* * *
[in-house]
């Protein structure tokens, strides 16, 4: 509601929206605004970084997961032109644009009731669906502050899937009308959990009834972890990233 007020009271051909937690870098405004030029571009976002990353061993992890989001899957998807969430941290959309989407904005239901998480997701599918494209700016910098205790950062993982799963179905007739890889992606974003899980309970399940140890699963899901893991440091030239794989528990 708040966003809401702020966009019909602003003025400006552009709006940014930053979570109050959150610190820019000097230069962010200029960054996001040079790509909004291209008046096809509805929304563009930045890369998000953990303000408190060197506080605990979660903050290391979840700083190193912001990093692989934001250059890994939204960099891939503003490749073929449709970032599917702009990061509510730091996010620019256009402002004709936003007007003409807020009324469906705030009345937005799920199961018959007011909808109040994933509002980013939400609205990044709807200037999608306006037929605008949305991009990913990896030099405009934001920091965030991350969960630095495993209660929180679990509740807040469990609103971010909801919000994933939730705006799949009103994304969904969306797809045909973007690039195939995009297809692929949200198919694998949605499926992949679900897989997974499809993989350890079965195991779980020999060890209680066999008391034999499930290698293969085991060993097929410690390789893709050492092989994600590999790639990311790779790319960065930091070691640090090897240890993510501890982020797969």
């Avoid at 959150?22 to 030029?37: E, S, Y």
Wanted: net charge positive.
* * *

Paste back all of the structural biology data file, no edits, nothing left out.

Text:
[in-house]
């Protein structure tokens, strides 16, 4: 509601929206605004970084997961032109644009009731669906502050899937009308959990009834972890990233 007020009271051909937690870098405004030029571009976002990353061993992890989001899957998807969430941290959309989407904005239901998480997701599918494209700016910098205790950062993982799963179905007739890889992606974003899980309970399940140890699963899901893991440091030239794989528990 708040966003809401702020966009019909602003003025400006552009709006940014930053979570109050959150610190820019000097230069962010200029960054996001040079790509909004291209008046096809509805929304563009930045890369998000953990303000408190060197506080605990979660903050290391979840700083190193912001990093692989934001250059890994939204960099891939503003490749073929449709970032599917702009990061509510730091996010620019256009402002004709936003007007003409807020009324469906705030009345937005799920199961018959007011909808109040994933509002980013939400609205990044709807200037999608306006037929605008949305991009990913990896030099405009934001920091965030991350969960630095495993209660929180679990509740807040469990609103971010909801919000994933939730705006799949009103994304969904969306797809045909973007690039195939995009297809692929949200198919694998949605499926992949679900897989997974499809993989350890079965195991779980020999060890209680066999008391034999499930290698293969085991060993097929410690390789893709050492092989994600590999790639990311790779790319960065930091070691640090090897240890993510501890982020797969």
């Avoid at 959150?22 to 030029?37: E, S, Y």
Wanted: net charge positive.